Derek Lawrence
February 26, 2017 AT 11:55 PM EST

Damien Chazelle has danced his way into the record books.

At the 89th Academy Awards on Sunday night, the La La Land director took home the trophy for Best Director, making him the youngest filmmaker ever to win the award.

Chazelle started his acceptance speech by thanking the other directors nominated in the category. “I was absolutely honored and floored to be in your company this year,” he said. “Thank you for what incredible filmmakers you are and for inspiring me with your work every day.”

He also thanked “the people who helped me make this movie,” including stars Ryan Gosling and Emma Stone for “bringing it to life.” To composer Justin Hurwitz, Chazelle said, “Thank you for riding with me on this and carrying this dream forward and for never giving up.”

“Finally,” he added, “I want to thank Olivia [Hamilton], my love, sitting there. This was a movie about love, and I was lucky enough to fall in love while making it. It means the world to me that you’re here sharing this with me.”

Having just turned 32 last month, Chazelle — who also recently became the youngest Golden Globes Best Director winner — broke the record previously held by 1931 recipient Norman Taurog, who was 32 years and 260 days old when he won for directing Skippy.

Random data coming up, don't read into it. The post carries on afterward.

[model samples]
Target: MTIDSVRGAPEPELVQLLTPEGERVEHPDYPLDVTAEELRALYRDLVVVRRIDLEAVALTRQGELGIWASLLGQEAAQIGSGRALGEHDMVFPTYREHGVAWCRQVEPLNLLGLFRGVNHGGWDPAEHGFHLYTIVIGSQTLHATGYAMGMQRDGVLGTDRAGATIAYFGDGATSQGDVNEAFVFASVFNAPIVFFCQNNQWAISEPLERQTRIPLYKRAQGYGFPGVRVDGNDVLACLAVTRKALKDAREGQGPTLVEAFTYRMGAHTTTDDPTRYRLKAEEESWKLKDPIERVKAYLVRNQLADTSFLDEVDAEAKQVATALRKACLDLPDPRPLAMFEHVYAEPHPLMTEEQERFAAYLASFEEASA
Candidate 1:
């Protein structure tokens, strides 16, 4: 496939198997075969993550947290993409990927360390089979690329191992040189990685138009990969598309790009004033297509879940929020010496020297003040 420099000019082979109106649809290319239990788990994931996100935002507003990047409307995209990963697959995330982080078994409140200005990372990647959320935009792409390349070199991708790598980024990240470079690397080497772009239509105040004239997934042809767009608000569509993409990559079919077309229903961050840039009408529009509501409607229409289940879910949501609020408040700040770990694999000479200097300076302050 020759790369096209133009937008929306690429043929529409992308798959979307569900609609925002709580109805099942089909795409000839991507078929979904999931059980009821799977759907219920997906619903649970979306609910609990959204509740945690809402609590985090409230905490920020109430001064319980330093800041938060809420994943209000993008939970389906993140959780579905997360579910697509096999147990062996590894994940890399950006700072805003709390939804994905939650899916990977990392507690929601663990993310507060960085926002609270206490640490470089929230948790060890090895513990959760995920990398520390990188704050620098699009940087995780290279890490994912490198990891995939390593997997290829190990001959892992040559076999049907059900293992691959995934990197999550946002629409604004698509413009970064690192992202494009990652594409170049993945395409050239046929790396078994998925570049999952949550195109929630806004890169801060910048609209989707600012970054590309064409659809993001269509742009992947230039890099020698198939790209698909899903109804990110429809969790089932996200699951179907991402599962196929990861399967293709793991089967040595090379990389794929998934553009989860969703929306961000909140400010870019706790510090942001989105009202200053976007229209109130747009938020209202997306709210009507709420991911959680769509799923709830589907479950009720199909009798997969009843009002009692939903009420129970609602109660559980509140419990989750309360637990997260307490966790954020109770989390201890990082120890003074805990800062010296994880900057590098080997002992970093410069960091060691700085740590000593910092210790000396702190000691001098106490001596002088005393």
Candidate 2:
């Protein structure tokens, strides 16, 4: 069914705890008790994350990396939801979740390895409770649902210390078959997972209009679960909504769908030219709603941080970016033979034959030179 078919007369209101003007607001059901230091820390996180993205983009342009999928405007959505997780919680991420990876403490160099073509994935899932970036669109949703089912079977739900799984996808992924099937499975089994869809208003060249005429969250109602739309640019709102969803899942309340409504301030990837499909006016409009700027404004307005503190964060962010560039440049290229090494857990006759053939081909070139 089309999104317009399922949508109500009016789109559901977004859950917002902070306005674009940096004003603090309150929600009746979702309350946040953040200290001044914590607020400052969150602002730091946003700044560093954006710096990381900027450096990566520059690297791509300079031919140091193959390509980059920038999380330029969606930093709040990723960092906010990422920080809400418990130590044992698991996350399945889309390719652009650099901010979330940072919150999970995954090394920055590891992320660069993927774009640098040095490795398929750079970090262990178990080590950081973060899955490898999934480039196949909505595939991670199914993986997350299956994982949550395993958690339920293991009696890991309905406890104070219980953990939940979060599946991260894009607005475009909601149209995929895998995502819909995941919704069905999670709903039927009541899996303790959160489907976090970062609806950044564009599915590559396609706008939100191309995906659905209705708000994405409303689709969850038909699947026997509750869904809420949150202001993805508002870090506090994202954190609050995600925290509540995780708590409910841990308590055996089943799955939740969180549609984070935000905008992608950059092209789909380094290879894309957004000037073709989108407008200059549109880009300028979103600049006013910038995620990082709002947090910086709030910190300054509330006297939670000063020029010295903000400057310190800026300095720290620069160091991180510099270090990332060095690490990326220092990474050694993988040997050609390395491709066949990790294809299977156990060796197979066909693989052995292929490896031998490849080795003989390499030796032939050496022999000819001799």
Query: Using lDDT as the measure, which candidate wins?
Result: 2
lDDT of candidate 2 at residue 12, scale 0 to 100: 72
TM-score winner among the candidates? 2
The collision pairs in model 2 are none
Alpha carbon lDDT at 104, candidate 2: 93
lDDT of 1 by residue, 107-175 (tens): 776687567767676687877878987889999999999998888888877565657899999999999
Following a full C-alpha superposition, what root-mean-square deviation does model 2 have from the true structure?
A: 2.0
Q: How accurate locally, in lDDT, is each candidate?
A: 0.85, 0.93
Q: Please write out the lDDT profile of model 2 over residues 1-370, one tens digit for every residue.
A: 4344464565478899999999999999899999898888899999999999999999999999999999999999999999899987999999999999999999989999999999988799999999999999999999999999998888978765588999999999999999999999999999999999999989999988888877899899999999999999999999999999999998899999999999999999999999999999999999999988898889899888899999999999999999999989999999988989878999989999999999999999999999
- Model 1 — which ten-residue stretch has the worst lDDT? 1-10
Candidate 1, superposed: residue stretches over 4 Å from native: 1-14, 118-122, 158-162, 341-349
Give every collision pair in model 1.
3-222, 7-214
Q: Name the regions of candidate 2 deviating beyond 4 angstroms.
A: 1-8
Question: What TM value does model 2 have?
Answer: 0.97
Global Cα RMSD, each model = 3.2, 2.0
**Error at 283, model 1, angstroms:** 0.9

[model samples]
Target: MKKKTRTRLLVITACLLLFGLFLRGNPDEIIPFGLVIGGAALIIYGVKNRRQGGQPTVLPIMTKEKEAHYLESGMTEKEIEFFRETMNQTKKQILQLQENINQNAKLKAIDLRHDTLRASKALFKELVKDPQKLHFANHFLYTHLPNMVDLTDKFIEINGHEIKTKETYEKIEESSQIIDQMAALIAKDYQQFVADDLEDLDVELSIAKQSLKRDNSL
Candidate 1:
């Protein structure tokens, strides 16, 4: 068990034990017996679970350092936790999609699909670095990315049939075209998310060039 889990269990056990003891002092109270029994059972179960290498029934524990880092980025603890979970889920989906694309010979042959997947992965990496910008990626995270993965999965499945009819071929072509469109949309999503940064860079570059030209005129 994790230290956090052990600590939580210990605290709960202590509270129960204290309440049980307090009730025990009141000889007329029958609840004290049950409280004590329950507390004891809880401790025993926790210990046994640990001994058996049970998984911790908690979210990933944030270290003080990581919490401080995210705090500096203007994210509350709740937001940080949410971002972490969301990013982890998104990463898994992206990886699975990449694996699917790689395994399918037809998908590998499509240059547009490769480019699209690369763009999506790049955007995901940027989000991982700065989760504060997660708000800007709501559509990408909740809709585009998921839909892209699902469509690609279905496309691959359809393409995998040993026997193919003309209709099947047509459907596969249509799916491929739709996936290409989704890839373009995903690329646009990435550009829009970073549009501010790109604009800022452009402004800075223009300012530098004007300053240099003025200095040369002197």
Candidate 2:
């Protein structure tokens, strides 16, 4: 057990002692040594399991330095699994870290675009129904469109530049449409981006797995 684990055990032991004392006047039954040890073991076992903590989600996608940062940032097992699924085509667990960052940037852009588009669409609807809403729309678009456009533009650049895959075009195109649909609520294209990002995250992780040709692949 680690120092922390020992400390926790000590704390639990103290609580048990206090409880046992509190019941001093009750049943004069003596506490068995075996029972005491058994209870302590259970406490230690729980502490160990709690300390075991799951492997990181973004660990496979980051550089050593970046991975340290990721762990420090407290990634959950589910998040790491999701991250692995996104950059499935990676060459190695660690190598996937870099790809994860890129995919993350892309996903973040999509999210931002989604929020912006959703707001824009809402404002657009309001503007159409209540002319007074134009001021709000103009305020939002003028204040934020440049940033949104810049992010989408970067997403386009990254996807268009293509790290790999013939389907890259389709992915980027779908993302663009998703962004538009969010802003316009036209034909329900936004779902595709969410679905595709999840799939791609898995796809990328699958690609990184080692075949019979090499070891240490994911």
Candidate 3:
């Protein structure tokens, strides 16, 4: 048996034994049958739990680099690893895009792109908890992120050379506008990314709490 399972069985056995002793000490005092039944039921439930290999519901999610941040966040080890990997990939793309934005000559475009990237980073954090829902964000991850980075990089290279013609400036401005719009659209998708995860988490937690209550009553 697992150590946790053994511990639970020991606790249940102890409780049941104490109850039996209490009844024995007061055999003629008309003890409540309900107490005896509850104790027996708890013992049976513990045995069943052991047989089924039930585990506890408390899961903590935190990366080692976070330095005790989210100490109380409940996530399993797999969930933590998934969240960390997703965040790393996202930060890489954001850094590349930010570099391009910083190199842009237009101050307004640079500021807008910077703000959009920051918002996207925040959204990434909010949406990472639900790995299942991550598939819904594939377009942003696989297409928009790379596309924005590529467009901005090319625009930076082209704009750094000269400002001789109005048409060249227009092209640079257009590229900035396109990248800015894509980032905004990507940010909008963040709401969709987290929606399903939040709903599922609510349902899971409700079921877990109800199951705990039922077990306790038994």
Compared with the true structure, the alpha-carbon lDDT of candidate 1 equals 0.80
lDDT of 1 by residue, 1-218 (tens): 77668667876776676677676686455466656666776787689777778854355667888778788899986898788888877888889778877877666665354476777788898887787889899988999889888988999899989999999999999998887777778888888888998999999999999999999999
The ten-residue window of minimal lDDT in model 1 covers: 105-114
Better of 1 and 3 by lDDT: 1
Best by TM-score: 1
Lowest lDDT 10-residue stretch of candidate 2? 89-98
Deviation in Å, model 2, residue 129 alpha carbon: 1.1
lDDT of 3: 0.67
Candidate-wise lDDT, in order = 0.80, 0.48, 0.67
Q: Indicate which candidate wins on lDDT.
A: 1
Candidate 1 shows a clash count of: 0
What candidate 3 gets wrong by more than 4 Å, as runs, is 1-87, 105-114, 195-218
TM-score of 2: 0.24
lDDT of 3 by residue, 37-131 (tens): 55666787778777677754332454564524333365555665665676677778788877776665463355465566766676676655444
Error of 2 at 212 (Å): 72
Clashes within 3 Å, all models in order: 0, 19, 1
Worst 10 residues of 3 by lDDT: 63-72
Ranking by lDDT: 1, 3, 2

Sunday night’s victory comes after a meteoric rise for the wunderkind filmmaker. Chazelle burst on the scene in 2014 with the riveting Whiplash, which scored Best Adapted Screenplay and Best Picture nods. His musical follow-up La La Land, starring Oscar nominee Ryan Gosling and Oscar winner Emma Stone, engrossed audiences and critics alike, swept the Golden Globes, and earned a record-tying 14 Academy Award nominations. Chazelle also scored the prized DGA Award, which often serves as a predictor of Oscar victory.

Chazelle faced stiff competition to win the Best Director Oscar, beating out Mel Gibson for Hacksaw Ridge, Barry Jenkins for Moonlight, Kenneth Lonergan for Manchester by the Sea, and Denis Villeneuve for Arrival.

“What’s so great about a musical is — when it works — the genre has the potential for emotion that’s unmatched by any other,” Chazelle said in November. “But when it doesn’t, there is nothing as embarrassing.”

Nothing embarrassing about an Oscar.

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